At a crisis meeting, the EU energy ministers spoke out in favor of drastic emergency measures against the rise in electricity prices, including skimming off excess profits from producers. Many details remained open after the consultations of Federal Minister of Economics Robert Habeck and his colleagues in Brussels on Friday. The EU Commission is now due to present a concrete legislative proposal by the middle of the month.
"I am very glad that ministers agreed that we need an urgent and robust EU solution," said Czech Industry Minister Jozef Sikela, who chaired the meeting. Energy Commissioner Kadri Simson announced: "We will propose unprecedented measures for an unprecedented situation next week." Among other things, the EU countries commission the authority to explore the possibilities of skimming off excess profits and, if necessary, to cap the gas price.
The ministers agreed that the measures should be temporary and that consumers should be relieved, according to a summary of the Czech Presidency. In addition, the fundamentals of the energy market should be preserved. Exactly how this is to be achieved is an open question - especially since not all discrepancies have been resolved.
According to the EU states, the aim is to help, among other things, to distribute excessive profits from electricity producers to consumers and thus relieve households. Since the price of gas has risen sharply against the background of the war in Ukraine, electricity has also become more expensive. This is because the price of electricity is determined by the most expensive power plant that is switched on for production - currently gas-fired power plants.
relief for consumers
Other energy producers that generate electricity more cheaply - for example from wind, sun or nuclear power - are currently making big profits because they can also sell their electricity at the higher price. Above a certain price, these proceeds should be collected and used to relieve consumers and companies. A solidarity levy for other companies that do business with fossil fuels was also supported in principle.
The federal government in particular had campaigned for such a measure to skim off "random profits", but other states such as Ireland had also supported the proposal. The Lithuanian department head Dainius Kreivys, on the other hand, said that this was a "red line" for him. It was unclear whether such a step would be mandatory for all countries and what the revenue limit for electricity producers would be.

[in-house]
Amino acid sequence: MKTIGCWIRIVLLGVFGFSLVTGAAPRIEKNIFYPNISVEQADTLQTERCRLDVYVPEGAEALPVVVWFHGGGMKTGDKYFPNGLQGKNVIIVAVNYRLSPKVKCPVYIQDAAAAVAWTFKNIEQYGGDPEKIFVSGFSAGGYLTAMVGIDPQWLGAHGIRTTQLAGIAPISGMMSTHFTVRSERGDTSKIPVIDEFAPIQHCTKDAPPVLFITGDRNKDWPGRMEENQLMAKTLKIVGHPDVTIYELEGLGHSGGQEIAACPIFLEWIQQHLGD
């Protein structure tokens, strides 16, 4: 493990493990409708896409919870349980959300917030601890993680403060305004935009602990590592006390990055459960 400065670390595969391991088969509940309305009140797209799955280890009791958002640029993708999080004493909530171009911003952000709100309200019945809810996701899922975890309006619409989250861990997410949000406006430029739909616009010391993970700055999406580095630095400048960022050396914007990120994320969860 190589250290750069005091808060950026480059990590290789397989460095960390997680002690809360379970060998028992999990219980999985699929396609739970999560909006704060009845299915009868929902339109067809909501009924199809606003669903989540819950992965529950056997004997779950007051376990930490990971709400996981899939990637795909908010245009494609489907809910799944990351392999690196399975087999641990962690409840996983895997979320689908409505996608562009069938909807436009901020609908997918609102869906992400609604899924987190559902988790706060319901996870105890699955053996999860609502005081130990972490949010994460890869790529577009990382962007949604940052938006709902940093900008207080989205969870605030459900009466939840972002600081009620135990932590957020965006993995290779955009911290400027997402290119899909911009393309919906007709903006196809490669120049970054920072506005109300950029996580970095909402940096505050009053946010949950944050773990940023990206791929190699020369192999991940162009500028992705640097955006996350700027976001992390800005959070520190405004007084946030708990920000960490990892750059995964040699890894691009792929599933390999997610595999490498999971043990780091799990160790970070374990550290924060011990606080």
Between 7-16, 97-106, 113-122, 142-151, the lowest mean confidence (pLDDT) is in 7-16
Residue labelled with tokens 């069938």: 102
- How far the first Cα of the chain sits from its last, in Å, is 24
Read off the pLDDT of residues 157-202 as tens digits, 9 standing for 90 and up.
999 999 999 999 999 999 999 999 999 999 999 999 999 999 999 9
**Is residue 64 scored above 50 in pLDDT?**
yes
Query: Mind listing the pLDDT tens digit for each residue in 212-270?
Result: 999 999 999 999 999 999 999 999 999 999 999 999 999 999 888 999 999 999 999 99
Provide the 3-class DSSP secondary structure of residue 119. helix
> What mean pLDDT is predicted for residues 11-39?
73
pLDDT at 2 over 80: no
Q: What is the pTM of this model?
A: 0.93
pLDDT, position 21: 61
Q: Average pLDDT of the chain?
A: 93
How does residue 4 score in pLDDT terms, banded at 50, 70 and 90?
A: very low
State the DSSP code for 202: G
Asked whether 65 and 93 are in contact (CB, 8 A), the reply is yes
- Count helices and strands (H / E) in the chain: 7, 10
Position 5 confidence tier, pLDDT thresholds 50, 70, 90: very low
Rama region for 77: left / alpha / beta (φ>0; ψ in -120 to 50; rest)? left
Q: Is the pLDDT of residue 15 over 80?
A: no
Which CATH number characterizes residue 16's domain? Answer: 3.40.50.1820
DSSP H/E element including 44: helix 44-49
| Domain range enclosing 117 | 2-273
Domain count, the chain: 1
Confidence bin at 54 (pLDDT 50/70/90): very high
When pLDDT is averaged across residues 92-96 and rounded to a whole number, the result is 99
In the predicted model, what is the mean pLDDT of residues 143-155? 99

The ministers also spoke out in favor of further emergency interventions, including price caps for gas. What it might look like remained open. A gas price cap is the most difficult to implement from a market perspective, Sikela said. He asked for more time so that the states and the Commission could examine exactly where the price cap would take effect - for example in European wholesale or Russian imports.
Help for energy suppliers
Countries like Italy and Belgium want an EU-wide gas price cap that affects all imports. Belgian Minister Tinne Van der Straeten said a majority of states supported the move. EU Commissioner Simson countered that this could endanger the supply. The EU Commission had proposed capping only the purchase price for gas from Russia. Hungary, in turn, strictly rejects this, as the country gets a lot of gas from Russia.
It is also unclear how measures to save electricity should be designed. Several countries had spoken out against binding requirements. There was little resistance to creating a tool to help utilities running into payment difficulties due to uncertain markets.
The EU Commission must now work out the details before the EU states bend over the legislative proposals. Another ministerial meeting could be held later this month. Habeck was confident: "There will be a common European approach." The determination to relieve the burden on the citizens of Europe was there with everyone. "That's why no agreement is not an option."